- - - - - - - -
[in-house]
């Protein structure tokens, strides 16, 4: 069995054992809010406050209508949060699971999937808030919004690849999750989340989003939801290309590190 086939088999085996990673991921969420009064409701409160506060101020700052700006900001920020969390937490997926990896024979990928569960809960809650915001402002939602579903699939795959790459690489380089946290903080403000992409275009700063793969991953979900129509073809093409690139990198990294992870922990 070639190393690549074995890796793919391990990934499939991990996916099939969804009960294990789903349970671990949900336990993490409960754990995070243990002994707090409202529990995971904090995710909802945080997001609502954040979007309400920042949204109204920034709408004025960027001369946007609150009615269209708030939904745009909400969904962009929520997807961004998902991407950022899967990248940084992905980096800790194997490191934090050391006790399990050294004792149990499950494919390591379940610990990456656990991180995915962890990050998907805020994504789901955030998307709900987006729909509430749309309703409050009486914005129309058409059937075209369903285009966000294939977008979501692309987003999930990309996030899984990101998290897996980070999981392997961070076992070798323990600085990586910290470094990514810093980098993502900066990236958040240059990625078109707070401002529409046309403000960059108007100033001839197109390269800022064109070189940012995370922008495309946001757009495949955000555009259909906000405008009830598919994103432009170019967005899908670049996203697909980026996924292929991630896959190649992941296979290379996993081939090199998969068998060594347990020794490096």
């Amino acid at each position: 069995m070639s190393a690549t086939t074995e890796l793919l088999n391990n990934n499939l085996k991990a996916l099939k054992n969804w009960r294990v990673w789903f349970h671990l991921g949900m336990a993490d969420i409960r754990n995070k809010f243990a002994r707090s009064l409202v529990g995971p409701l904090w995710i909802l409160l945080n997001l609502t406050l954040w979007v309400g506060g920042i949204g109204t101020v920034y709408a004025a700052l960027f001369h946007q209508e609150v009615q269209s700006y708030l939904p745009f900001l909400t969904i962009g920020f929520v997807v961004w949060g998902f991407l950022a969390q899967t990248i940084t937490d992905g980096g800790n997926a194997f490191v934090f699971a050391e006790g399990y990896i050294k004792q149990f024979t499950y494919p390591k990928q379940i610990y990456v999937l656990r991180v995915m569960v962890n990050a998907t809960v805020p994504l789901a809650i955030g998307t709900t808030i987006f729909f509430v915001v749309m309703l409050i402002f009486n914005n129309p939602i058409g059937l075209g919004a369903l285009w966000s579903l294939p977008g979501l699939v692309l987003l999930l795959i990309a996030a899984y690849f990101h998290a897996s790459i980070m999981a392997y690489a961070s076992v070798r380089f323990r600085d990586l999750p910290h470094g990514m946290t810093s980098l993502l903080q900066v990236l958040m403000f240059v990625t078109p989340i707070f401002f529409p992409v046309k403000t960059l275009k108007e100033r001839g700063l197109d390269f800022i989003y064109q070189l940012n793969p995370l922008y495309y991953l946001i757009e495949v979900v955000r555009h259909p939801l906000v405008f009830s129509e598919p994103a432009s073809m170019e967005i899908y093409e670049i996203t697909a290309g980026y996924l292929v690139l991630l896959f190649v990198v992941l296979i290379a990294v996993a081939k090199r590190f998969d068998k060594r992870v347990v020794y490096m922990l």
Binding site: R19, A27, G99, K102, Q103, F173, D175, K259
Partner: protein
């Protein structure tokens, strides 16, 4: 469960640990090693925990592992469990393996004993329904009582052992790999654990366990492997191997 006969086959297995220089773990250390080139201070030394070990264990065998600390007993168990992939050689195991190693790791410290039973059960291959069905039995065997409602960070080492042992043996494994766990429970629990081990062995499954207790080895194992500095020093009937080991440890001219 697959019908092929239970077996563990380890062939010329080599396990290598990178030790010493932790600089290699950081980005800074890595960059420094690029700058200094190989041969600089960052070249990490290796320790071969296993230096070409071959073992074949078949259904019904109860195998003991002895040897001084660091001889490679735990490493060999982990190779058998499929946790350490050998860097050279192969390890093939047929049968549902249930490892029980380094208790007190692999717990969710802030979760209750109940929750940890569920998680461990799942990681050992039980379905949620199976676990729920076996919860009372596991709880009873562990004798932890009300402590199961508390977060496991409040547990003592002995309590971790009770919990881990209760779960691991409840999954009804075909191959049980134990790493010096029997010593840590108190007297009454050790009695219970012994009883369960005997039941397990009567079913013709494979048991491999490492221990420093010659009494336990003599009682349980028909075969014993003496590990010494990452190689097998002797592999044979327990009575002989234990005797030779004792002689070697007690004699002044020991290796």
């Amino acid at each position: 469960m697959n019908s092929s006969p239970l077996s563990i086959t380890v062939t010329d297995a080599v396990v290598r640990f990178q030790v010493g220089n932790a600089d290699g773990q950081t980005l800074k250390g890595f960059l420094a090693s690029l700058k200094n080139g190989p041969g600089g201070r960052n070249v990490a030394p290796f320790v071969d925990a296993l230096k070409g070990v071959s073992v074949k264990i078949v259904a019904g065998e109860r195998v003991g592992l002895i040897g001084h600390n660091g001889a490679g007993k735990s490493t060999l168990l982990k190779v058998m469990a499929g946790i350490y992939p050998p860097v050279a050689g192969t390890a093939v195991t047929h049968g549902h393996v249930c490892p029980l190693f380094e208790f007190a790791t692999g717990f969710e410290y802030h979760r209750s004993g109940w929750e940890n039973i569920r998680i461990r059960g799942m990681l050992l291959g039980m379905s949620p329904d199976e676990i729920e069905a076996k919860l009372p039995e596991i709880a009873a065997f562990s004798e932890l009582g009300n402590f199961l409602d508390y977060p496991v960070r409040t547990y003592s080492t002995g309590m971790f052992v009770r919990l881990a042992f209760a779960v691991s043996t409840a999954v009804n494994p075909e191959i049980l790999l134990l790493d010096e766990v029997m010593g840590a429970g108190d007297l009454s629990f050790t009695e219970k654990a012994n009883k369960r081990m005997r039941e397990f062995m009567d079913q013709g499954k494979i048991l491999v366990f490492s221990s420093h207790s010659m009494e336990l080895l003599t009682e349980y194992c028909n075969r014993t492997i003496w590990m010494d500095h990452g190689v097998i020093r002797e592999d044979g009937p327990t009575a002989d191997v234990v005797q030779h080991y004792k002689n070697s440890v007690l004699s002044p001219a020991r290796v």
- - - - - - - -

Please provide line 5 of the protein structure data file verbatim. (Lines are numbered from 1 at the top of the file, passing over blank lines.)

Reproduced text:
Partner: protein